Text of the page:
Foetal exposure to alcohol or drugs
Having a particular disability
Having a genetic predisposition for particular behaviours to be switched on by environmental experiences
and so on.
Over the past 25 years, there has been a three-fold increase in the UK incidence of suspected child abuse – or, rather, a three-fold increase in the number of referrals and assessments. Such increases can be for a number of reasons: Heightened public awareness; increased acceptance that referral is something that should be done rather than ignored; more readiness for services to respond – and be seen to be responding – in the wake of high profile cases where such services have been accused of not responding adequately; and publicity given to cases involving public figures creating more confidence in the legal system.
Certainly the number of children officially deemed to be at risk is at an all-time high. Even so, some agencies dealing with at risk children estimate that this severely underestimates the actual level of abuse and neglect – being maybe only 10% of those who suffer but remain outside the official systems.
These are worries for any concerned society. They also pose practical day-to-day managerial issues for the public services involved:
In a world of constrained public finances, what is an effective way of responding to an apparently endless set of needs?
How many specialist workers are needed, and how much can be dealt with by generalists acting more effectively?
What is an appropriate balance to be struck between remedial activities and investing in preventative work?
Is it possible to eliminate the possibilities of people abusing their positions of power to actively put children at risk, or turning away from what is happening to children or families that they have some responsibility for – particularly in a world where increased use of the internet has opened up whole new potentials for abuse?
How do various family factors combine to produce enhanced risks that lead to more children being in distress?
Without getting too Rumsfeldian, how do we know when we have scoped out the full scale and range of risks to children? Are there unrecognised areas of unknown unknowns?
As we have seen above, it is possible to list a range of settings within which the risk of child abuse or child neglect is more likely to occur. Each element on the list may generate a large enough risk, for sufficient numbers of children, to warrant immediate structural changes to the way society deals with such things. Others things may pose a low risk but affect large numbers of children; or create high levels of risk but for only a very small number of children. Some will generate the potential for risks that are already known about. Others may begin to highlight risks that are not yet recognised or sufficiently acted upon.
Whatever the level of risk, or the numbers involved, for each and every element on the list the possibility is that individual children are affected. For them what happens is of vital importance.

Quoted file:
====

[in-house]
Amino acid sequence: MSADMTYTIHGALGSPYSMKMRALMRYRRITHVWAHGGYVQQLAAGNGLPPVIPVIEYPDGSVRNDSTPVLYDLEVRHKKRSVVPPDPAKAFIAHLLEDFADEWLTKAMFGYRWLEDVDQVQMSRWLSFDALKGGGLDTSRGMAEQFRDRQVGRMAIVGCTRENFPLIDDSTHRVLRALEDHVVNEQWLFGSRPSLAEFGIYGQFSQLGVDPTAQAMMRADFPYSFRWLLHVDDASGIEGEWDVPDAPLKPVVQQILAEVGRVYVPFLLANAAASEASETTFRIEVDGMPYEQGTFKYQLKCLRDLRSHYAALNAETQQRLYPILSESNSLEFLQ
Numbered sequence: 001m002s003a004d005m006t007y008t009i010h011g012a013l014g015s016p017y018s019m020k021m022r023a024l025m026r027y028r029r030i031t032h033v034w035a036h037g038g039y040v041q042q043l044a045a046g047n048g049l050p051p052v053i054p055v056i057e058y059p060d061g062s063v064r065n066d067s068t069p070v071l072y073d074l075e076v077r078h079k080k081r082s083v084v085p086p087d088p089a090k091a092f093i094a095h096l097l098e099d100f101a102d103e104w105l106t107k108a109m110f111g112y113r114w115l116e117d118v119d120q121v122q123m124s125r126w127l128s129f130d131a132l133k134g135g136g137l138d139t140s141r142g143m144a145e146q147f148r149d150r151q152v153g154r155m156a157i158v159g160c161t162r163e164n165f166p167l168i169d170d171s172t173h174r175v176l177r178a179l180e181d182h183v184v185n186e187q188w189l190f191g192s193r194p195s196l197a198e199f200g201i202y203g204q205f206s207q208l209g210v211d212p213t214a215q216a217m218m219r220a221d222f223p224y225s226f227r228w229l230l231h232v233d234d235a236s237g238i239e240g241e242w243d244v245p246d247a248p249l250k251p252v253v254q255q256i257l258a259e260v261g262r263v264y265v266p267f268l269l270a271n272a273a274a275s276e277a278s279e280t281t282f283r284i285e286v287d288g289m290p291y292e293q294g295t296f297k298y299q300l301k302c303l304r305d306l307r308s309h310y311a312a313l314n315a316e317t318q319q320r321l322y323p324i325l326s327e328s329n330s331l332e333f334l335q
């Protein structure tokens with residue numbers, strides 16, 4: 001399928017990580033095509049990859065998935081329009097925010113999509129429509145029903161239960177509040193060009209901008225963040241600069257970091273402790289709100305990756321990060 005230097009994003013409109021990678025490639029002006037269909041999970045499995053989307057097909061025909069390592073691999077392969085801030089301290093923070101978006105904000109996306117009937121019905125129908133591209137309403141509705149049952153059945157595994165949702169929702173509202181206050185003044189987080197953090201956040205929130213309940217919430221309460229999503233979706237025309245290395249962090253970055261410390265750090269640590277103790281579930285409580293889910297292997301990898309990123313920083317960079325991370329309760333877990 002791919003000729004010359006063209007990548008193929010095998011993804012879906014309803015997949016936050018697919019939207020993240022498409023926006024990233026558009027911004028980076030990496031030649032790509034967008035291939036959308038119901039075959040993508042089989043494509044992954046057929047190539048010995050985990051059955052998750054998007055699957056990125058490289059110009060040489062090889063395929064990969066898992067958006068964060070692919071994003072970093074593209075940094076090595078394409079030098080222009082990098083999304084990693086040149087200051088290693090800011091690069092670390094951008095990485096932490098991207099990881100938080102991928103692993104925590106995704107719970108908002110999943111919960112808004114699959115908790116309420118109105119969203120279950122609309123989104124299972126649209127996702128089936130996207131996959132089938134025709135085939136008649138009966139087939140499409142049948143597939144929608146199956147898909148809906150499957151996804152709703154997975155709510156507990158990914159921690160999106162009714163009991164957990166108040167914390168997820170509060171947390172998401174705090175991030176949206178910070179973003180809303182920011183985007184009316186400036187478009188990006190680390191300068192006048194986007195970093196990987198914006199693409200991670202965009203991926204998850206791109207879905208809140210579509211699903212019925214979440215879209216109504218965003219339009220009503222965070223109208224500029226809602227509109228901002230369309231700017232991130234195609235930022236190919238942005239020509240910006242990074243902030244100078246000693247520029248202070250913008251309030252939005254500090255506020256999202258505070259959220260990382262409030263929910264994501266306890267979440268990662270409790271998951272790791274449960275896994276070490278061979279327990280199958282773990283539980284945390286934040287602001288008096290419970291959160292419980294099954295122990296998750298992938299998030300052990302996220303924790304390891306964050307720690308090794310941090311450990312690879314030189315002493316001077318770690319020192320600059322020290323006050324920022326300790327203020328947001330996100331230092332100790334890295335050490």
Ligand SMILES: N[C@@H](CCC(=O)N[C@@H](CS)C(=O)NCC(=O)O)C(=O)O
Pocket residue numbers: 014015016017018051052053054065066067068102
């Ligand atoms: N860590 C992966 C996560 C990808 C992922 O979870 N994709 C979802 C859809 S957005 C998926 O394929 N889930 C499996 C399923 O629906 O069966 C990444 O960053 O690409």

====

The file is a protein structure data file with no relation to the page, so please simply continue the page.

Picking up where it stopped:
A risk-list will cover contexts where parents are coping with multiple stresses; contexts where children are growing up in chaotic, unsafe or criminal households; contexts where children are unwanted, abandoned or unsupervised; contexts where children are surrounded by cultural attitudes at odds with children being safe and nurtured; and contexts where professionals are incompetent or uncaring or exploitative. These varied contexts can each generate several specific situations of risk – it can run into dozens of settings in which children can be in severe distress. (An example of such an extended list is given at the end of this article).
It can feel like an almost overwhelming list – too long to be of any practical use. To get value from it, the list might be used in various ways:
- Thinking about the degree of risk for each factor and the numbers of children that might be affected. This begins to identify the scale of the problems and identify those that have low-level pervasiveness across the lives of many children and those that need sharp responses for a very limited number of children.
- Thinking about such issues in a rapidly-changing world; scanning the horizon to identify newly-emerging risks – providing an early alert to dangers that services may not be geared up to deal with.
- Checking that all likely needs have some potential trigger/solution within current systems – at the pace and scale necessary. Identifying gaps in any safety nets.
- Estimating the number and range of generalist and specialist staff needed to give adequate responses to the range of factors deemed to be priorities in any locality.
Whilst planners and managers are busy estimating, checking and thinking, there is always the need to remember that, in practice, each element is in play to some extent for varying numbers of children. The expectation remains that in each case – for each individual child – society will react, rapidly and appropriately, to minimise or eliminate further distress to that child.
The mechanisms for responding are fairly clear: